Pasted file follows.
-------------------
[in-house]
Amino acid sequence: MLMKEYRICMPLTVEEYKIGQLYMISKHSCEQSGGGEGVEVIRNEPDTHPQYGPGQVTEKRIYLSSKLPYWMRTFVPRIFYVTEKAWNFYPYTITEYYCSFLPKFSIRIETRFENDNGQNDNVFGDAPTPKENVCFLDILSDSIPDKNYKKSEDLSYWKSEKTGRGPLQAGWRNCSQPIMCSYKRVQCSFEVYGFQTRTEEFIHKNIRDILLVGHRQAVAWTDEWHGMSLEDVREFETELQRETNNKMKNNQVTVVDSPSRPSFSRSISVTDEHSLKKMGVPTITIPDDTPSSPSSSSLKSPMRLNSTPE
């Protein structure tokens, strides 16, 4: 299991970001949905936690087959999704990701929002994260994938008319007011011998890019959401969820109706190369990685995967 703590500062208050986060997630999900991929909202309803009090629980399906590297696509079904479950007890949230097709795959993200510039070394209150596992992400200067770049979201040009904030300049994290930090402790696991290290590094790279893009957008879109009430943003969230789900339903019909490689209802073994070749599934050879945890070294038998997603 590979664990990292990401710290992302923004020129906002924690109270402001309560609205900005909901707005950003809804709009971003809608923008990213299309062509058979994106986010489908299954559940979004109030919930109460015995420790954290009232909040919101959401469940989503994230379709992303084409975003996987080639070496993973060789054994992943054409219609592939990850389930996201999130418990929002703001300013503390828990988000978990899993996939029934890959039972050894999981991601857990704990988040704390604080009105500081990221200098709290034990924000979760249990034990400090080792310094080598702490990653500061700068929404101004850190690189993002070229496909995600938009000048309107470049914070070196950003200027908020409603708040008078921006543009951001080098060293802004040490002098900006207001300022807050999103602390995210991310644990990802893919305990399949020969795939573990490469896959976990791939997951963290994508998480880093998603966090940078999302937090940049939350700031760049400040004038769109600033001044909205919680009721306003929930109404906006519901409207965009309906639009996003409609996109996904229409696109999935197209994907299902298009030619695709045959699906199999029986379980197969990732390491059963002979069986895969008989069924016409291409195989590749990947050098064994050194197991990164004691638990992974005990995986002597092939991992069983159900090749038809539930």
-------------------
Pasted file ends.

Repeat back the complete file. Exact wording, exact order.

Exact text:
[in-house]
Amino acid sequence: MLMKEYRICMPLTVEEYKIGQLYMISKHSCEQSGGGEGVEVIRNEPDTHPQYGPGQVTEKRIYLSSKLPYWMRTFVPRIFYVTEKAWNFYPYTITEYYCSFLPKFSIRIETRFENDNGQNDNVFGDAPTPKENVCFLDILSDSIPDKNYKKSEDLSYWKSEKTGRGPLQAGWRNCSQPIMCSYKRVQCSFEVYGFQTRTEEFIHKNIRDILLVGHRQAVAWTDEWHGMSLEDVREFETELQRETNNKMKNNQVTVVDSPSRPSFSRSISVTDEHSLKKMGVPTITIPDDTPSSPSSSSLKSPMRLNSTPE
């Protein structure tokens, strides 16, 4: 299991970001949905936690087959999704990701929002994260994938008319007011011998890019959401969820109706190369990685995967 703590500062208050986060997630999900991929909202309803009090629980399906590297696509079904479950007890949230097709795959993200510039070394209150596992992400200067770049979201040009904030300049994290930090402790696991290290590094790279893009957008879109009430943003969230789900339903019909490689209802073994070749599934050879945890070294038998997603 590979664990990292990401710290992302923004020129906002924690109270402001309560609205900005909901707005950003809804709009971003809608923008990213299309062509058979994106986010489908299954559940979004109030919930109460015995420790954290009232909040919101959401469940989503994230379709992303084409975003996987080639070496993973060789054994992943054409219609592939990850389930996201999130418990929002703001300013503390828990988000978990899993996939029934890959039972050894999981991601857990704990988040704390604080009105500081990221200098709290034990924000979760249990034990400090080792310094080598702490990653500061700068929404101004850190690189993002070229496909995600938009000048309107470049914070070196950003200027908020409603708040008078921006543009951001080098060293802004040490002098900006207001300022807050999103602390995210991310644990990802893919305990399949020969795939573990490469896959976990791939997951963290994508998480880093998603966090940078999302937090940049939350700031760049400040004038769109600033001044909205919680009721306003929930109404906006519901409207965009309906639009996003409609996109996904229409696109999935197209994907299902298009030619695709045959699906199999029986379980197969990732390491059963002979069986895969008989069924016409291409195989590749990947050098064994050194197991990164004691638990992974005990995986002597092939991992069983159900090749038809539930």